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Dylan turns 73 today. Bob Dylan - early - at mic

Here’s a recording of him at his first TV appearance, about age 22, singing the traditional ballad “Man of Constant Sorrow.” Notice in his early style the debt that Dylan owes to Woody Guthrie, who was born about the time the song may have been written (possibly by Dick Burnett, a fiddler from Kentucky), about a century ago.

N.T. Wright on Good Friday

We seem to be hanging out in England today. See earlier Good Friday post.

I put up the lyrics to this song before, and threatened you with a video of N.T. Wright singing it. Then I forgot.

Tom Wright has appeared recently, as if he needed more attention, as the cover story of the current issue of Christianity Today.

Here is the Bishop of Durham himself singing, not Bob Dylan this time, but “Friday Morning” by Sydney Carter. It’s a touch of irony on the level of Pilate looking Jesus in the eye and asking, “What is truth?”

“Friday Morning” by Sydney Carter

It was on a Friday morning that they took me from the cell
and I saw they had a carpenter to crucify as well.
You can blame it on to Pilate; you can blame it on the Jews.
You can blame it on the Devil, but it’s God that I accuse.
“It’s God they ought to crucify instead of you and me,”
I said to the carpenter, a-hanging on the tree.

You can blame it on to Adam; you can blame it on to Eve.
You can blame it on the apple, but that I can’t believe.
It was God that made the Devil, and the woman and the man.
And there wouldn’t be an apple if it wasn’t in the plan.
“It’s God they ought to crucify instead of you and me,”
I said to the carpenter, a-hanging on the tree.

Now Barabbas was a killer, and they let Barabbas go.
But you are being crucified for nothing that I know.
And your God is up in Heaven and He doesn’t do a thing
With a million angels watching, and they never move a wing.
”It’s God they ought to crucify instead of you and me,”
I said to the carpenter, a-hanging on the tree.

“To hell with Jehovah,” to the carpenter I said;
“I wish that a carpenter had made the world instead.
Goodbye and good luck to you; our ways will soon divide.
Remember me in heaven, the man you hung beside.
”It’s God they ought to crucify instead of you and me,”
I said to the carpenter, a-hanging on the tree.

I’ve been reading Julian of Norwich lately, and although she’s a slow read she’s worth every minute. In honor of Good Friday I’ve included part of her description of the dying of Christ on the cross.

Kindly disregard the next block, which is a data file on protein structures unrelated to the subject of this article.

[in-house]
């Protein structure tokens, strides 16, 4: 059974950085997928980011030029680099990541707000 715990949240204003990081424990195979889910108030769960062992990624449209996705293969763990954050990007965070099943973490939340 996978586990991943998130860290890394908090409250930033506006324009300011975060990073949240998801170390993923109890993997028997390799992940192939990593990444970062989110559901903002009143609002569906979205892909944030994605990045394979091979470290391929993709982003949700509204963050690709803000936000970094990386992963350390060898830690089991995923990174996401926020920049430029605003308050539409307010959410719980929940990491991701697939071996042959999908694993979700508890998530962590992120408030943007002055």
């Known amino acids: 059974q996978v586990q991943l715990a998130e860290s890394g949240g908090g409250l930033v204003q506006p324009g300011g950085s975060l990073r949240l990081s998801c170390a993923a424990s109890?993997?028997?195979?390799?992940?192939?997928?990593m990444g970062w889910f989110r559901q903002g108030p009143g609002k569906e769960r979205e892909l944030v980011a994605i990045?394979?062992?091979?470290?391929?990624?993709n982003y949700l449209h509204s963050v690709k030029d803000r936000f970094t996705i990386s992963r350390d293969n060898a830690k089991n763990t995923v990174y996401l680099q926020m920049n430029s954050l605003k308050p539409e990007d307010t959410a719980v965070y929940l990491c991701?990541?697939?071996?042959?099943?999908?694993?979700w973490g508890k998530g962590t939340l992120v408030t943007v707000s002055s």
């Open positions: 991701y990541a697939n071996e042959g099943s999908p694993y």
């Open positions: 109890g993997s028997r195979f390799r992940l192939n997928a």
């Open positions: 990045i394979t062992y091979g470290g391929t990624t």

Lady Julian, or Dame Julian (not quite Saint Julian), wrote her Showings (orJulian of Norwich cat & hazelnut “Shewynges”) in the late 14th century England. She was an anchoress (not quite a nun) at the church of St. Julian in Norwich. Not much is known about her outside of her writings, not even her name. She is called Julian after her church.

At age 30, probably in 1373, she became deathly ill and began to receive visions, revelations, or “showings” that she believed came from God. She wrote them down immediately and developed them years later into a longer text, which became a volume of 86 chapters. It’s humbly written, simple and powerful, and uncannily orthodox as far as I’ve read. Her perspective on matters such as creation, the Trinity, Christ’s death and God’s love appears to come from a different angle—and I suppose it would, if it comes from God. Her level of education is not known and was likely not very high; nevertheless she is known as the first woman published in the English language.

She wrote in a dialect of Middle English that resembles our language more than does Chaucer’s Middle English of the same period. But then, Chaucer wrote poetry and liked to show off.

I’ve taken this excerpt from Julian’s revelation VIII, last paragraph in chapter 16 and the first in chapter 17. I have modernized the spelling, even though the editor of my copy had already cleaned it up a bit. Not only does Julian’s spelling differ greatly from ours, it differs from her own. She couldn’t seem to spell a word the same way twice. To see what you’re missing, here are the first two lines in the selection, unchanged: